Paul Krugman, who writes for The New York Times, is an economist, and also, as Wikipedia informs us, a "public intellectual." Krugman is pictured above, circa 2008.
On Sunday, December 19, 2021, in a column that ran to a full page in The Times, Krugman discussed "The Year of Inflation Infamy." He is speaking, of course, of last year, 2021.
People are understandably worried about inflation - and particularly that the "year of infamy" experienced last year might continue extending itself into the current year, and even beyond. In his discussion of this possibility, Krugman provides a rather helpful "history of inflation in the United States." As for our current situation, while Krugman is not an alarmist, he does note that we are experiencing "the highest inflation in almost 40 years." If that were to continue, Krugman would definitely be worried. He suggests, though, to appropriate that wonderful advice from World War II Great Britain, that we "keep calm and carry on." Krugman believes that the inflation we are currently experiencing is only temporary.
In making this assessment, Krugman states that he is, among economists, on "Team Transitory," but confesses that some very good economists are on "Team Persistent," and that the economists on that team might be right. While "Team Transitory" sees our current inflation as a "temporary blip," there is a real possibility that something else is going on. Krugman proclaims himself ready to change teams, if certain things occur. The following description of what could make Krugman change his mind about inflation is what prompts this blog posting:
I’m a card-carrying member of Team Transitory. But I would reconsider my allegiance if I saw evidence that expectations of future inflation are starting to drive prices — that is, if there were widespread stories of producers raising prices, even though costs and demand for their products aren’t exceptionally high, because they expect rising costs or rising prices on the part of competitors over the next year or two. That’s what kept inflation high even through recessions in the 1970s. So far I don’t see signs that this is happening — although the truth is that we don’t have good ways to track the relevant expectations. I’ve been looking at stories in the business press and surveys like the Fed’s Beige Book, which asks many businesses about economic conditions; I haven’t (yet?) seen reports of expectations-driven inflation (emphasis added).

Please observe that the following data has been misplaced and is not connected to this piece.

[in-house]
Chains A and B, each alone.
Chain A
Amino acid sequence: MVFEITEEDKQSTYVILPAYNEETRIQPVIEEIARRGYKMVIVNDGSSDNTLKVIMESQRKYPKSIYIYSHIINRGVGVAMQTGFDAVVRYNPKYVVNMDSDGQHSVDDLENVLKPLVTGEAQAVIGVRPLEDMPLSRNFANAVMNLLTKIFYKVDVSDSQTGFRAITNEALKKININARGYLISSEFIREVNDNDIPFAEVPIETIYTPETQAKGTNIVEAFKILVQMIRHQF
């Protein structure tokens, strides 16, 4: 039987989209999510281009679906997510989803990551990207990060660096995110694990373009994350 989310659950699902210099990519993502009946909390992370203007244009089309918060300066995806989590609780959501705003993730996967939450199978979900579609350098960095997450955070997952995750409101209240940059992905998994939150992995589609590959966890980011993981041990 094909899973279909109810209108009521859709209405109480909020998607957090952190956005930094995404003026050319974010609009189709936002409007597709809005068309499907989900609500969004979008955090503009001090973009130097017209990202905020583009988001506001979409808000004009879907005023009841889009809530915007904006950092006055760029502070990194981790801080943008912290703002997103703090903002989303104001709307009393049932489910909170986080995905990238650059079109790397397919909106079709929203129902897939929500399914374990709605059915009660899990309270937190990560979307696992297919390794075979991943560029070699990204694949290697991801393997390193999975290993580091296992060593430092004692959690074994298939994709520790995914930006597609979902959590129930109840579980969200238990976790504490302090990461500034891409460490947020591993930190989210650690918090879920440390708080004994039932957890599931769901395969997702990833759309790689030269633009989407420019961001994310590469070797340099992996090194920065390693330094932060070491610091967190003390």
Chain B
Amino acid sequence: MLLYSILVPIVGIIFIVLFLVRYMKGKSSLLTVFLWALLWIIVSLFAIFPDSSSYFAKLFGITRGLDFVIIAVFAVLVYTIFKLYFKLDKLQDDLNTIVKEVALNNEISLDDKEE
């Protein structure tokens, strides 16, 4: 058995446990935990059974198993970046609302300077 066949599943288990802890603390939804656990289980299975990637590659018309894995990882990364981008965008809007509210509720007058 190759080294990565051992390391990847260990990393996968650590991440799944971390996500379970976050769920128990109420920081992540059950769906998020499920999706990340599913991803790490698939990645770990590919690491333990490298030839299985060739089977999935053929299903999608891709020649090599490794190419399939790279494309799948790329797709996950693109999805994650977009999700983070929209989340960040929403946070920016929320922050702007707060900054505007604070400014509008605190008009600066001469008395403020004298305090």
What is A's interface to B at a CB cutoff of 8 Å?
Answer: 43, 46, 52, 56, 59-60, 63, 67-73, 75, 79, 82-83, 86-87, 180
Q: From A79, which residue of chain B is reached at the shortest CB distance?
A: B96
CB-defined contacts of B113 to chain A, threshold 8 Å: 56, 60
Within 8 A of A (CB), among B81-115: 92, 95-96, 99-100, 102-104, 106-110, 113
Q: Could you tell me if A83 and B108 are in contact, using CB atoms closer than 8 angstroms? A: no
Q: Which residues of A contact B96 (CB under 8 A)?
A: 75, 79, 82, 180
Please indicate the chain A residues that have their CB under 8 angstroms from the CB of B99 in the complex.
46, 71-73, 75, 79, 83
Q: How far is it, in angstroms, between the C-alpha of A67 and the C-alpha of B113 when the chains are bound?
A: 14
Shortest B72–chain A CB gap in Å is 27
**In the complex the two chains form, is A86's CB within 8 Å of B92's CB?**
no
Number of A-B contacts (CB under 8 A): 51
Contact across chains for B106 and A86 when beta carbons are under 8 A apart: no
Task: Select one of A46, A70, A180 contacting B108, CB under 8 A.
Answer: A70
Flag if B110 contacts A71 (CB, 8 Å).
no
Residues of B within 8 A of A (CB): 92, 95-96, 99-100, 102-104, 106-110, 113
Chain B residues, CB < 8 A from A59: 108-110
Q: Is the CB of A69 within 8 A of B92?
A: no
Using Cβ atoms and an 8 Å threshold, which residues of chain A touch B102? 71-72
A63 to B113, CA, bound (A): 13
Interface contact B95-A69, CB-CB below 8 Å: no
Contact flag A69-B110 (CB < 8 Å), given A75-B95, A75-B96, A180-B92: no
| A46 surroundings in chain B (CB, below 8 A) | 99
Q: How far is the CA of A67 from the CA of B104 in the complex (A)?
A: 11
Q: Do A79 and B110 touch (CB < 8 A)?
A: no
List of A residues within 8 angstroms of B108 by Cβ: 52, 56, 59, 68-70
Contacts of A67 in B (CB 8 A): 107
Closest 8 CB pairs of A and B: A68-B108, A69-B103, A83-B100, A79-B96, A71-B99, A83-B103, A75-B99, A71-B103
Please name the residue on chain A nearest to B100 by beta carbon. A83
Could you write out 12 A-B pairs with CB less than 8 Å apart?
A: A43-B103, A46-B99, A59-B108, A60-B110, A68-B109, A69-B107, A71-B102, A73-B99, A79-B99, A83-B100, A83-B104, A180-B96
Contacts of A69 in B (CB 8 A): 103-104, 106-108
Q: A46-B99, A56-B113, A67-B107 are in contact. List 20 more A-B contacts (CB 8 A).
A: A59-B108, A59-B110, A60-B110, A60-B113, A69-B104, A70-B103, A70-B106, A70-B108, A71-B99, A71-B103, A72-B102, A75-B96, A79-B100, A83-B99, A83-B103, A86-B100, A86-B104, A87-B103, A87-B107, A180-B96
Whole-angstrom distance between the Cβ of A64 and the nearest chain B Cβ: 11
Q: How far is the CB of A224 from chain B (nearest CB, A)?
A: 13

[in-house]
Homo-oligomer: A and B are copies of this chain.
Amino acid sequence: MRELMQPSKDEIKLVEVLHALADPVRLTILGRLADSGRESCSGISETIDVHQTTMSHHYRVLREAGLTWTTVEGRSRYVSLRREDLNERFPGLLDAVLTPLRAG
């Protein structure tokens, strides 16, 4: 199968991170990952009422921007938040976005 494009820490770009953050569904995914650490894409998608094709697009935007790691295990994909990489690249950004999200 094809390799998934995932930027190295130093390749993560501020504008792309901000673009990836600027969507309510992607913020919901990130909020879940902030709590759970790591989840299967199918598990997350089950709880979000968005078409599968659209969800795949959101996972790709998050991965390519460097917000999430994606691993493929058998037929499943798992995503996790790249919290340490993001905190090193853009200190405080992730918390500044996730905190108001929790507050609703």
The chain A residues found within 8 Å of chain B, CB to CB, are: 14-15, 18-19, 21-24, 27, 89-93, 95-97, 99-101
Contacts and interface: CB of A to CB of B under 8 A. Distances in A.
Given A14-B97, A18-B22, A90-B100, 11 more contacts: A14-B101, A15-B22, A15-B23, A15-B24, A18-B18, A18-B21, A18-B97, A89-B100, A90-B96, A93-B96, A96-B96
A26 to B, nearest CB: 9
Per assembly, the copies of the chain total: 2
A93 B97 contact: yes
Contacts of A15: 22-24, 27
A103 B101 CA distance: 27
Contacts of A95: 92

Krugman isn't really worried about "traditional" inflation, in which the scarcity of goods and services leads to price increases - "too much money chasing too few goods." As he notes (and haven't we all experienced this ourselves, as we make our own buying decisions), "the cure for high prices is high prices." The economy, at least theoretically, is supposed to be pretty much self-correcting.
Krugman is not too concerned about what happens when "real" factors are driving prices higher, but what happens when buyers are willing to pay more now because they expect that prices will be higher later. And, of course, once that pattern takes hold, prices "later" are higher than previous prices, and so the idea that you need always to pay more is self-validating, and self-perpetuating.
I wanted to feature Krugman's discussion not only because the economic issue he is talking about is important in itself, but because the idea that people are driven by their "expectations," even more than by the realities they experience, is an incredibly important insight into human behavior.
As I said in my blog posting on January 8, 2022, It is my belief that people basically do what is expected of them. I believe that this is true not only when people are making purchasing decisions, but always. If people think they are expected to follow the law, they usually will. If they think that no one really expects them to follow the law, they will break the law.
If you expect your children to violate all the family rules, they probably will. Etc.!
When we think about our common life together, as we face massive crises practically across the board, we need to pay attention to this important insight into human behavior. If we are to pull through as a democratic society, and if the human race is going to alter its relationship to the natural environment so that we don't overheat our planet to the point that human civilization will perish (along with millions of living species), then we need to expect better of ourselves.
By and large, we all act as we are expected to act. So......
We Need To Raise Our Expectations!
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